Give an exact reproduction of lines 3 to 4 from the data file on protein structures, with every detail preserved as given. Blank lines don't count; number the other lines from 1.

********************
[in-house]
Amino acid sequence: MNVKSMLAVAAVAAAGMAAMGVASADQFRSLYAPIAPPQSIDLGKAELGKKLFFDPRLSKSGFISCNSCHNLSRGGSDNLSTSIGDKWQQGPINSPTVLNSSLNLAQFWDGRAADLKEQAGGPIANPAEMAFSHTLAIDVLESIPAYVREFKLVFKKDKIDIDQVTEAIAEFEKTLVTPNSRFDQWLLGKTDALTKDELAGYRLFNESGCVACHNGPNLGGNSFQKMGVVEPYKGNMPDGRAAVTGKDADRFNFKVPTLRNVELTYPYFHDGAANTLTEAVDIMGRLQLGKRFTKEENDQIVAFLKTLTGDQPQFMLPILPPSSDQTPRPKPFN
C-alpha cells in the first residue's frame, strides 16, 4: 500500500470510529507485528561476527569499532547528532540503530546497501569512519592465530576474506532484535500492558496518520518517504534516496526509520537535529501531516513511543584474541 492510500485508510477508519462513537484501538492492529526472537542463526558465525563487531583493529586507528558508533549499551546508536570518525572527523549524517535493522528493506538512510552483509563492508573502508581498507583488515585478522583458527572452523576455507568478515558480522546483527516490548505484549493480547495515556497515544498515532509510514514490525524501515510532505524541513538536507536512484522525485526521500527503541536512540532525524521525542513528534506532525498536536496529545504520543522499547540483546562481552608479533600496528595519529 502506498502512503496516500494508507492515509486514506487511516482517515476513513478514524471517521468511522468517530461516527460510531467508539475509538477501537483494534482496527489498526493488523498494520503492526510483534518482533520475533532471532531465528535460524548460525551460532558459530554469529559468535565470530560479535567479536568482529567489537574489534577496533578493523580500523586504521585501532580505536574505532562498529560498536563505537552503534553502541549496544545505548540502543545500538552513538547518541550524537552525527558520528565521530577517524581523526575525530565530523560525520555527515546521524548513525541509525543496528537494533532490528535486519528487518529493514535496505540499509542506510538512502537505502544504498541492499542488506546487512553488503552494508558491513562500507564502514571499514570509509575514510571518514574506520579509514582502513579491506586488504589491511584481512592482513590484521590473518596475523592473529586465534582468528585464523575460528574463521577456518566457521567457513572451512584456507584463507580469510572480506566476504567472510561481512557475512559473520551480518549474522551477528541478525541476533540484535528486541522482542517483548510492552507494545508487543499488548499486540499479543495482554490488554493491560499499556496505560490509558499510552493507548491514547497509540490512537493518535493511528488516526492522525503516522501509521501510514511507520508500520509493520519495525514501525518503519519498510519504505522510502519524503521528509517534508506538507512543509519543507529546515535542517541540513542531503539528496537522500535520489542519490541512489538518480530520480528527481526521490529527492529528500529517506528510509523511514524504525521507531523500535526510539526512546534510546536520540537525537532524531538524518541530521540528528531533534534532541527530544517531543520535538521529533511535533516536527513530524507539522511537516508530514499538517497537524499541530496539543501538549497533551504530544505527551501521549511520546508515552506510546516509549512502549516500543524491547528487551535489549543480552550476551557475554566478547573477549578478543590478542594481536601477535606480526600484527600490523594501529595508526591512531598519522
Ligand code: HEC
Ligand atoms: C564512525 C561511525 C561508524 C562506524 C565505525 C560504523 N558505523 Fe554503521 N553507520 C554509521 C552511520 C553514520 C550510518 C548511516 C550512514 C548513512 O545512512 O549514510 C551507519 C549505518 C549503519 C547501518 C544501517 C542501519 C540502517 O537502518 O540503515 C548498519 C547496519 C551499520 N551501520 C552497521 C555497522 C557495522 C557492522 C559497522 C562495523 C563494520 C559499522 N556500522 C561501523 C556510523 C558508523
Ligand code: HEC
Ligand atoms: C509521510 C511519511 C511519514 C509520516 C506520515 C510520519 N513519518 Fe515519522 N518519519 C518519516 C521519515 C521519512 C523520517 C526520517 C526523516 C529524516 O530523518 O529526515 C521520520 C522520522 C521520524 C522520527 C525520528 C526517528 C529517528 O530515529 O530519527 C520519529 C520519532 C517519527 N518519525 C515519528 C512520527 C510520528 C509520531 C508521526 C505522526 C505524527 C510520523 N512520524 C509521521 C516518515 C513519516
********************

C-alpha cells in the first residue's frame, strides 16, 4: 500500500470510529507485528561476527569499532547528532540503530546497501569512519592465530576474506532484535500492558496518520518517504534516496526509520537535529501531516513511543584474541 492510500485508510477508519462513537484501538492492529526472537542463526558465525563487531583493529586507528558508533549499551546508536570518525572527523549524517535493522528493506538512510552483509563492508573502508581498507583488515585478522583458527572452523576455507568478515558480522546483527516490548505484549493480547495515556497515544498515532509510514514490525524501515510532505524541513538536507536512484522525485526521500527503541536512540532525524521525542513528534506532525498536536496529545504520543522499547540483546562481552608479533600496528595519529 502506498502512503496516500494508507492515509486514506487511516482517515476513513478514524471517521468511522468517530461516527460510531467508539475509538477501537483494534482496527489498526493488523498494520503492526510483534518482533520475533532471532531465528535460524548460525551460532558459530554469529559468535565470530560479535567479536568482529567489537574489534577496533578493523580500523586504521585501532580505536574505532562498529560498536563505537552503534553502541549496544545505548540502543545500538552513538547518541550524537552525527558520528565521530577517524581523526575525530565530523560525520555527515546521524548513525541509525543496528537494533532490528535486519528487518529493514535496505540499509542506510538512502537505502544504498541492499542488506546487512553488503552494508558491513562500507564502514571499514570509509575514510571518514574506520579509514582502513579491506586488504589491511584481512592482513590484521590473518596475523592473529586465534582468528585464523575460528574463521577456518566457521567457513572451512584456507584463507580469510572480506566476504567472510561481512557475512559473520551480518549474522551477528541478525541476533540484535528486541522482542517483548510492552507494545508487543499488548499486540499479543495482554490488554493491560499499556496505560490509558499510552493507548491514547497509540490512537493518535493511528488516526492522525503516522501509521501510514511507520508500520509493520519495525514501525518503519519498510519504505522510502519524503521528509517534508506538507512543509519543507529546515535542517541540513542531503539528496537522500535520489542519490541512489538518480530520480528527481526521490529527492529528500529517506528510509523511514524504525521507531523500535526510539526512546534510546536520540537525537532524531538524518541530521540528528531533534534532541527530544517531543520535538521529533511535533516536527513530524507539522511537516508530514499538517497537524499541530496539543501538549497533551504530544505527551501521549511520546508515552506510546516509549512502549516500543524491547528487551535489549543480552550476551557475554566478547573477549578478543590478542594481536601477535606480526600484527600490523594501529595508526591512531598519522
Ligand code: HEC